Marketing of Guimaras Mangoes to the United States Essay
Marketing of Guimaras Mangoes to the United States
The meaty flesh of a mango fruit is sweet, but the fruit’s pit is so large and hard. Ripe mangoes are fragrant and soft to the touch, but not mushy.
Mangoes can be processed into a number of unique products such as dried mangoes, puree, juice, chutney, halves and scoops, jelly jams, and pickles. A uniform quality and an adequate supply are assured throughout the year through processing. Processed mangoes enable exporters to serve their markets even during off season period for fresh mangoes. Also, exporters can penetrate buying countries with strict phytosanitary requirements by supplying processed mangoes.
The distinct taste and nutritional value of Guimaras mango variety puts it above any other mango in the world. Mango is one of the priority crops being supported by the major programs of the Department of Agriculture (DA); Mangoes are included among the high value crops to be given priority under the High Value Crop Law.
Distribution is an exceptionally important phase in the marketing of mangoes. The fruit after harvest has to pass through several agencies before reaching the consumers.
The Philippines has already established its credibility in supplying high quality mangoes to important markets especially to the United States.
The recent organization of the Philippine Mango Development Council provided the impulsion to unite the key players of the industry into a single advocacy group that will work together for the sustainable development of the Philippine Mango Industry.
REVIEW OF RELATED LITERATURE
One of man’s greatest triumphs in the cultivating of wild plants is the cultivated mango. Centuries of cultivation and selection produced a luscious fruit. Many varieties are grown in different countries. Here in the Philipines, Guimaras is known as the “Mango Country”, gaining the name because of its sweetest and big-sized mangoes. Based on the data of the National Statistical Coordination Board of the Republic of the Philippines, the year 2002 was a good year for Guimaras’ mangoes. It was in this year that it formally joined the world export market and cooperatively, production soared to its highest for the last three years. 2002 production posted a growth of 446.40 percent or five times higher over the 2001 production. Despite the decrease in the number of fruit-bearing trees, more trees were induced to flower as favored by the weather conditions.
The Philippine mango, considered in western countries as an exotic tropical fruit, is fast gaining popularity worldwide. It is the third biggest dollar earning fruit next to banana and pineapple. But competition from other countries has led to stricter international standard controls for mango and the fruits produced in Pangasinan and the other Ilocos provinces have yet to meet quality standards demanded by the United States.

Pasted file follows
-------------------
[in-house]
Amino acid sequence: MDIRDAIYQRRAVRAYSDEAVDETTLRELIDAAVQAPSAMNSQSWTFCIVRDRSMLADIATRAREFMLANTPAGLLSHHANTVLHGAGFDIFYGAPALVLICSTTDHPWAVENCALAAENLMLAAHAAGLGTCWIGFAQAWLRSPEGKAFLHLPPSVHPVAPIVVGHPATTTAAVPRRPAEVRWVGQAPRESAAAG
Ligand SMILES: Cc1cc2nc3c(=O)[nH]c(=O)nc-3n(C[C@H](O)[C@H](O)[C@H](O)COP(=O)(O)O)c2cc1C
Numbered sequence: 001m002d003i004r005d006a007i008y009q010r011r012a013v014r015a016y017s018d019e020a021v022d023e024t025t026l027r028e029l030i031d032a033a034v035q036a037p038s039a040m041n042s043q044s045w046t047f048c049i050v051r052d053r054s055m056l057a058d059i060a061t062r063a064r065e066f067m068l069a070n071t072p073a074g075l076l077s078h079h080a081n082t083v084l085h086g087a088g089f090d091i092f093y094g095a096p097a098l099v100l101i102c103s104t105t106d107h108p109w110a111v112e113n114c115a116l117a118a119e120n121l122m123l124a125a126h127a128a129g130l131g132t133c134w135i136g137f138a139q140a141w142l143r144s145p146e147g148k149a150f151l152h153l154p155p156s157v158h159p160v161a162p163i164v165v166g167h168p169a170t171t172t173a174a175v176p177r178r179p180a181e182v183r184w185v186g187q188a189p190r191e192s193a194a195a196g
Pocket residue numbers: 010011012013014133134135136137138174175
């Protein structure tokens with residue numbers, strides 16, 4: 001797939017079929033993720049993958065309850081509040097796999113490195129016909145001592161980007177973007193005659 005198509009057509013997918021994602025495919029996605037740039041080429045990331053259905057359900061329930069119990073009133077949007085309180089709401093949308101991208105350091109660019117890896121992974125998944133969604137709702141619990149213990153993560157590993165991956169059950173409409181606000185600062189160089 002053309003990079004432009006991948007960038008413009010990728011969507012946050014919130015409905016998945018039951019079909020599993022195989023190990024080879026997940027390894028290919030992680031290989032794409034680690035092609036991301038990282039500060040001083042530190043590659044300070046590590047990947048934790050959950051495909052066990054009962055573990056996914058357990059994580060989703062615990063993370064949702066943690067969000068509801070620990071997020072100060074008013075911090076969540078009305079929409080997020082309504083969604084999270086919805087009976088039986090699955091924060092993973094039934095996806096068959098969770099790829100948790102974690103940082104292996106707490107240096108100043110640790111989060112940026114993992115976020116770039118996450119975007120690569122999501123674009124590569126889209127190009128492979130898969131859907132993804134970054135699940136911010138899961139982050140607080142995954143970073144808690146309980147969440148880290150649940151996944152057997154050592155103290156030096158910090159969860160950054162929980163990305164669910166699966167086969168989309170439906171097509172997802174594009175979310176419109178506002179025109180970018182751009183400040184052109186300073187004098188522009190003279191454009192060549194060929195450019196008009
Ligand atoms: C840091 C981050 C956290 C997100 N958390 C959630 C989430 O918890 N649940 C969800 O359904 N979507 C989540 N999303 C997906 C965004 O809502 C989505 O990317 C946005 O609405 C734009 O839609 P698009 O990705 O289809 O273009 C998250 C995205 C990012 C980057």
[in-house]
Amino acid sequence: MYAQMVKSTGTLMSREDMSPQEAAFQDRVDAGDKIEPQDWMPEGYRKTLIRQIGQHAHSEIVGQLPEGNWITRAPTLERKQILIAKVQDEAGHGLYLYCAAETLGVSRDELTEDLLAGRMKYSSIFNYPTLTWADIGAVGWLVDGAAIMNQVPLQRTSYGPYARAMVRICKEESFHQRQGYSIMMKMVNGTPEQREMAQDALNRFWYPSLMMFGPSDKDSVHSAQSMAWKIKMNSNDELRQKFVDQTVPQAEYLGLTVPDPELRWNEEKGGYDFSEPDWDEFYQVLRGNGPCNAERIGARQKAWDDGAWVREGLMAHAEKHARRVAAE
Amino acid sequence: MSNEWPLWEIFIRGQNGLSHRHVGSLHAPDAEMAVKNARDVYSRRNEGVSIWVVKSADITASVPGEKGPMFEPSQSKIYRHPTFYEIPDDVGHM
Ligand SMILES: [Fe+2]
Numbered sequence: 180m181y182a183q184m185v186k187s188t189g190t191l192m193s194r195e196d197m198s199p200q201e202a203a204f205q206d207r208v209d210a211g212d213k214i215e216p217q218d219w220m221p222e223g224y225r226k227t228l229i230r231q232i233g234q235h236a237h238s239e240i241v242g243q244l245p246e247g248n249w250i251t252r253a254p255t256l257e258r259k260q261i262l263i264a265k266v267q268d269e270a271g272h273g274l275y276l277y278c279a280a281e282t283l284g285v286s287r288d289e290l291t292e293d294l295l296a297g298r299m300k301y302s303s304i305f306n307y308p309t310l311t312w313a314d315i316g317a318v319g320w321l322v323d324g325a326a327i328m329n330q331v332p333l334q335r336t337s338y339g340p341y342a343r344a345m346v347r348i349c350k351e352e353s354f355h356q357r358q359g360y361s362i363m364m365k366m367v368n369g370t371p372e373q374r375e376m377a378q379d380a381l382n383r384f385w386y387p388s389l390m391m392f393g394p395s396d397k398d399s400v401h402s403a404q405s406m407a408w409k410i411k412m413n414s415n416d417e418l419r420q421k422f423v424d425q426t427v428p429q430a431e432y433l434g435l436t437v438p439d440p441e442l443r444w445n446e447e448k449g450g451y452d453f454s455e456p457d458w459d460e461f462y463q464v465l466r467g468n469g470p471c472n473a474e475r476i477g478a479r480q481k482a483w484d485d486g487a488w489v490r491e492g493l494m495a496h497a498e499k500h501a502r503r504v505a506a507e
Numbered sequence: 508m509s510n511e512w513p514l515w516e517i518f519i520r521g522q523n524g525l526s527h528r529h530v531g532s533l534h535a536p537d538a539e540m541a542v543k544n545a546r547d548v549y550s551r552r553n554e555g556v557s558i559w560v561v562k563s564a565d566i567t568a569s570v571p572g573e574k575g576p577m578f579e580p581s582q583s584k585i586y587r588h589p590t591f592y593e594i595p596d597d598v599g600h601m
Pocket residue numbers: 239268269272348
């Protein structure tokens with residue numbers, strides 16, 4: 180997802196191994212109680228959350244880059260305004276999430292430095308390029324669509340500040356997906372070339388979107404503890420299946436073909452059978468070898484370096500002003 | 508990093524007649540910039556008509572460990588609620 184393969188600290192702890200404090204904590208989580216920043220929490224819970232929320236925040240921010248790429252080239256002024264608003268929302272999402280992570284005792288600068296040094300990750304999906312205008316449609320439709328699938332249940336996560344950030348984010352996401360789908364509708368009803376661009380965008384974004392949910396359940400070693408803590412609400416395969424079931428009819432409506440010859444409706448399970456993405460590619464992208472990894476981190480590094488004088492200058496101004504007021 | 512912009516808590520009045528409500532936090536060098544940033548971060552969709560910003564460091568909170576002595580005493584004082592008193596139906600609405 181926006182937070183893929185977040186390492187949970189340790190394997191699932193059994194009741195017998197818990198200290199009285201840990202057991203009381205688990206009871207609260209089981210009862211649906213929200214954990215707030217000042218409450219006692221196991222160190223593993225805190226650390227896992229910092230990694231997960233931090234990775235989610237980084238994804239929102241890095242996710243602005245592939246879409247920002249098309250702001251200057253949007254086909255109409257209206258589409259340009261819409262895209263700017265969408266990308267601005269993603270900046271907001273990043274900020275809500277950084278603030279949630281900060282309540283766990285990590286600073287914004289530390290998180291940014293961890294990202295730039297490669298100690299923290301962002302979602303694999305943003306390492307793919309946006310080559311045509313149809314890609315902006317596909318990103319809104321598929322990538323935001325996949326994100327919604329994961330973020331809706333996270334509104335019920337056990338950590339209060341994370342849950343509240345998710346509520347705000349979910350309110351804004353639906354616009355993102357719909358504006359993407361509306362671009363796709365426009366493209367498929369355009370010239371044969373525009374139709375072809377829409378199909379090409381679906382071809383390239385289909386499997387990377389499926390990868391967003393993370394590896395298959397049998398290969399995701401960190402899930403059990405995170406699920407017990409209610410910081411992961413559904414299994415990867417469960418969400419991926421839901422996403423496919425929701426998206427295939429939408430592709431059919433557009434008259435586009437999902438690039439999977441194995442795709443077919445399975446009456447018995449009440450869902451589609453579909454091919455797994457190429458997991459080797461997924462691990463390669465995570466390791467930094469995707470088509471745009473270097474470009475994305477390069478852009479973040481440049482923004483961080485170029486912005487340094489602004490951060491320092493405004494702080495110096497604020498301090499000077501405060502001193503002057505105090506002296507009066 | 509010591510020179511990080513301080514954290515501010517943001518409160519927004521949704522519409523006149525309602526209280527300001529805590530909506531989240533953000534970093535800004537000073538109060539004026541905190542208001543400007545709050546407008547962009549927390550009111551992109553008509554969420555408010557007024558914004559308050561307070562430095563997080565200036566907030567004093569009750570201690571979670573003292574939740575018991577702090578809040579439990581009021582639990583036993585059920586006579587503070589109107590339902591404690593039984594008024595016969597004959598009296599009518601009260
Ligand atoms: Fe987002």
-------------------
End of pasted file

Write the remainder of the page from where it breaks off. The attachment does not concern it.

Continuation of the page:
The United States may open its market to Philippine mangoes, with that country’s agriculture department funding a survey to find out which mango-producing areas have no incidence of mango seed and pulp weevils. Major importers of Philippine mangoes in the United States are looking forward to less costly mangoes from Manila with the decision by the US government in December to allow other provinces in the Philippines to export the produce. A United States-based Philippine official has revealed the introduction of a technology that would help cut down the shipping cost of Philippine mango exports to that country.
Eventually, such technology would also allow mangoes from other areas of the country to enter the US market. Presently, only mangoes from Guimaras Island have been allowed in the US.
According to Victoriano Leviste, agriculture attaché at the Philippine embassy in Washington DC, The key is to create a niche market through our Filipino residents and possibly other Asians. Philippine Super Mango (carabao) has been gaining popularity in the US market as a sweet and more luscious fruit. The Philippine mango, coming from Guimaras Province in the Visayas, was only able to enter the US market in May, last year, after 15 years of negotiations with the US Department of Agriculture. Only Guimaras mangoes are so far accepted in the US. Mangoes from other areas of the country allegedly have fruit flies.